In his soft-spoken voice, in Mandarin-accented English, Chinese Ambassador Zhen Qingyang said: “I want you to come and witness the Chinese magic. Africa may be known for its magicians, but I bet our own can also live up to the task.”
That was last week, at a press conference held at his residence ahead of the Chinese Spring Festival Gala.
Came Tuesday night, the Bingu International Conference Centre (BICC) attracted one of the highest attendance to a night public event, probably since it opened its doors some three years ago.
People from all walks of life within Lilongwe trekked to the facility’s auditorium for the festival; the first-ever Malawi has hosted for its Far East development partner.
And as the night wore on, almost all faces in the jam-packed 1 500-capacity auditorium wore a similar script of gratification of a night well spent.
But one thing that the gala managed to scribble in the minds of many a patron to the event was that culture is indeed diverse and the Chinese are always proud of their heritage.
And it did not need long for one to discover this. National anthems for the two countries marked the event’s official opening. The Chinese went out first. It was echoed across the whole auditorium as Chinese nationals in attendance sang along to the end. The same, however, cannot be said of its Malawian counterpart. The instrumental to the anthem had no company of any locals around; even from the numerous government officials in attendance. The Chinese were at home and they proudly showed their true colours.
But, being prayers, one would have expected Malawians to sing the loudest taking into consideration what the country has just gone through.
In his opening speech, Ambassador Zhen seemed to remind the patrons of this fact as he highlighted how his country has been touched by the recent flash floods that have seen about 200 deaths and left countless displaced.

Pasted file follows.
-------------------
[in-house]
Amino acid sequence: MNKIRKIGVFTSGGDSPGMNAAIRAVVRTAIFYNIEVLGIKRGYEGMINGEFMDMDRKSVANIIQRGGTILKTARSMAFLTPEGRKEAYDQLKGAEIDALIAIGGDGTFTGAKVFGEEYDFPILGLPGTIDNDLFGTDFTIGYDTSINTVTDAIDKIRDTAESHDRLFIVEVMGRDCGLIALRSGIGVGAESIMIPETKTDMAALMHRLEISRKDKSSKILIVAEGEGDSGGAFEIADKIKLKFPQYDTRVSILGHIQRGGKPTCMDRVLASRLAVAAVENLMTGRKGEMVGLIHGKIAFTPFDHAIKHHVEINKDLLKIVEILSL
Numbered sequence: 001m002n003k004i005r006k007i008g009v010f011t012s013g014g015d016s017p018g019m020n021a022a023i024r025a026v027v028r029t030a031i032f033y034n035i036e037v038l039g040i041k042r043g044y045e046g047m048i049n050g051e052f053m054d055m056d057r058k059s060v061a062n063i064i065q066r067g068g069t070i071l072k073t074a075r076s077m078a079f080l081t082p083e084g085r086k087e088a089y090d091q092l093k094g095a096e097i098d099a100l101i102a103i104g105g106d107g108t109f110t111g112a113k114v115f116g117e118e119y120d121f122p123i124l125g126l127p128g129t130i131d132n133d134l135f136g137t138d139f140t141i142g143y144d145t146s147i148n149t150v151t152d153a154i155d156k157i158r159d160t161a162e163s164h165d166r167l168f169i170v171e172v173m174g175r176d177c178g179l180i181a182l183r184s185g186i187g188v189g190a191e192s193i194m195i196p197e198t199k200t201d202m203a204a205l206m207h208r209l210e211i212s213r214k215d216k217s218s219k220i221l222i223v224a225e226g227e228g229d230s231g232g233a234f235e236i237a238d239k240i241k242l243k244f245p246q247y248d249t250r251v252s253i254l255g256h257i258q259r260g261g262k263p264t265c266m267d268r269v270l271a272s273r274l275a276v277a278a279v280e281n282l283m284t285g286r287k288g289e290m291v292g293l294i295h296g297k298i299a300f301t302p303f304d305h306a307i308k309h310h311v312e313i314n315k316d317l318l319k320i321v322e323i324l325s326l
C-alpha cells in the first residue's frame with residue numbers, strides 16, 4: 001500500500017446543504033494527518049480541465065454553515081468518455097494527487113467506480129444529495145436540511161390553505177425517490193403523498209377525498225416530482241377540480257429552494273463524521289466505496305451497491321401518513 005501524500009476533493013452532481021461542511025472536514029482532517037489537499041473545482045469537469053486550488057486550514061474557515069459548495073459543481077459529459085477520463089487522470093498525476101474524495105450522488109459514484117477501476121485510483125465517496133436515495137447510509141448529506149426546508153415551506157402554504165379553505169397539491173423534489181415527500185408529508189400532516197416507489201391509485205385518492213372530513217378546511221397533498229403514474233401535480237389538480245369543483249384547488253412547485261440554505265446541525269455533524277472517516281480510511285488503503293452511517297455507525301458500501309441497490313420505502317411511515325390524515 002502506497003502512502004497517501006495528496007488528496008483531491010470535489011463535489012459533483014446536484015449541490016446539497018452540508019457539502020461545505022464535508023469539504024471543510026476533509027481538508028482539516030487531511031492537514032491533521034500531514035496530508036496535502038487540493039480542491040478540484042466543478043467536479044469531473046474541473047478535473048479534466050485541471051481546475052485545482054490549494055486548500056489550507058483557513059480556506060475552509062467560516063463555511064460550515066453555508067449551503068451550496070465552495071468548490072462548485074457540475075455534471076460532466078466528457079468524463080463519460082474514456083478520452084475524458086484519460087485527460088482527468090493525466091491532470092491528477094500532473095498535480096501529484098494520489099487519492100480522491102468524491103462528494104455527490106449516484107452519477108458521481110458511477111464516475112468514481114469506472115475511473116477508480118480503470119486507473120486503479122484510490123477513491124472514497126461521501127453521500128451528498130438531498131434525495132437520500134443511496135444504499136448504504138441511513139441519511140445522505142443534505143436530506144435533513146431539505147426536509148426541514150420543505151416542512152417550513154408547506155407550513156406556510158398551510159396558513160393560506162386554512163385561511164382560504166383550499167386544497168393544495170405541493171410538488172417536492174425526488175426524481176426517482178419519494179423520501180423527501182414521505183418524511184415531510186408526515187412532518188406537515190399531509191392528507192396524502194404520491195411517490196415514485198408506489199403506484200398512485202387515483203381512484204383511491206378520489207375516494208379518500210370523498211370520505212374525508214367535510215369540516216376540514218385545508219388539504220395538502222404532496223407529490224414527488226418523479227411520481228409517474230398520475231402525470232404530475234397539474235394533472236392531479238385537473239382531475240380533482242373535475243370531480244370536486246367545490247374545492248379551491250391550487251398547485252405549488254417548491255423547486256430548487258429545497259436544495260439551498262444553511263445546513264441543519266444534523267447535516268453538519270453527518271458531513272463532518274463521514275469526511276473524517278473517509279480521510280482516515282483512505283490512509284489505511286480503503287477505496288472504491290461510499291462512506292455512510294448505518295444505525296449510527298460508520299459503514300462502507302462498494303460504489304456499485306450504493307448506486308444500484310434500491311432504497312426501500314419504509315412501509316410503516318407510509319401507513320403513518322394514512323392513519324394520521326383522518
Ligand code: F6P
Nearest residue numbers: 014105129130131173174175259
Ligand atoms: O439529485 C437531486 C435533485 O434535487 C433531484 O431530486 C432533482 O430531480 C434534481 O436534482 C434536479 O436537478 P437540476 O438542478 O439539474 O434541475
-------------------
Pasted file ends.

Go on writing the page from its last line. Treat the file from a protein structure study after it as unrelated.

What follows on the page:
But all said and done, this was an arts festival where nothing but fun were to reign the night. Sheer admiration between the two countries for each other’s culture was the overall feeling.
The Chinese, being the main players, paraded various performances that included the Dragon dance, acrobatics in pedalling skills and some Huihu (a traditional Chinese stringed music); much to the marvel of the onlookers.
They even demonstrated that what we see in their movies; all those, all those Ninja films, is not just a perfection of some software on the computer; it is real and practical. Their performers had rehearsed well before catching their plane.
There was even a surprise package near the end of the gala. A male soloist did a Chinese piece and as the majority of his compatriots—obviously from the language—cheered him on, the artists took everyone by surprise when he blended the piece with the Black Missionaries’ Mulomo.
What added glamour to it was that he roped in some locals to back him up and provide the numbers for the rhythm to actuate. Memories quickly flashed of that female Chinese artist who also performed the song at the BICC’s inauguration by former president the late Bingu wa Mutharika, whose video became an instant hit.
Not to be outdone, Malawi threw in the Kwacha National Cultural Troupe who did some malipenga, beni and mganda. But it was the women’s gyrating in chitelera that stole the hearts of many as they were some standing ovations from both sets of the audience.
But as the gala wound, giving the performers a chance to retire ahead of a replica event scheduled for yesterday night in Blantyre, what remained in the minds of all who patronised the Lilongwe event was the puzzle that a certain Chinese performer showcased as his faces kept alternating in front of the crowd at his every move. Pure magic!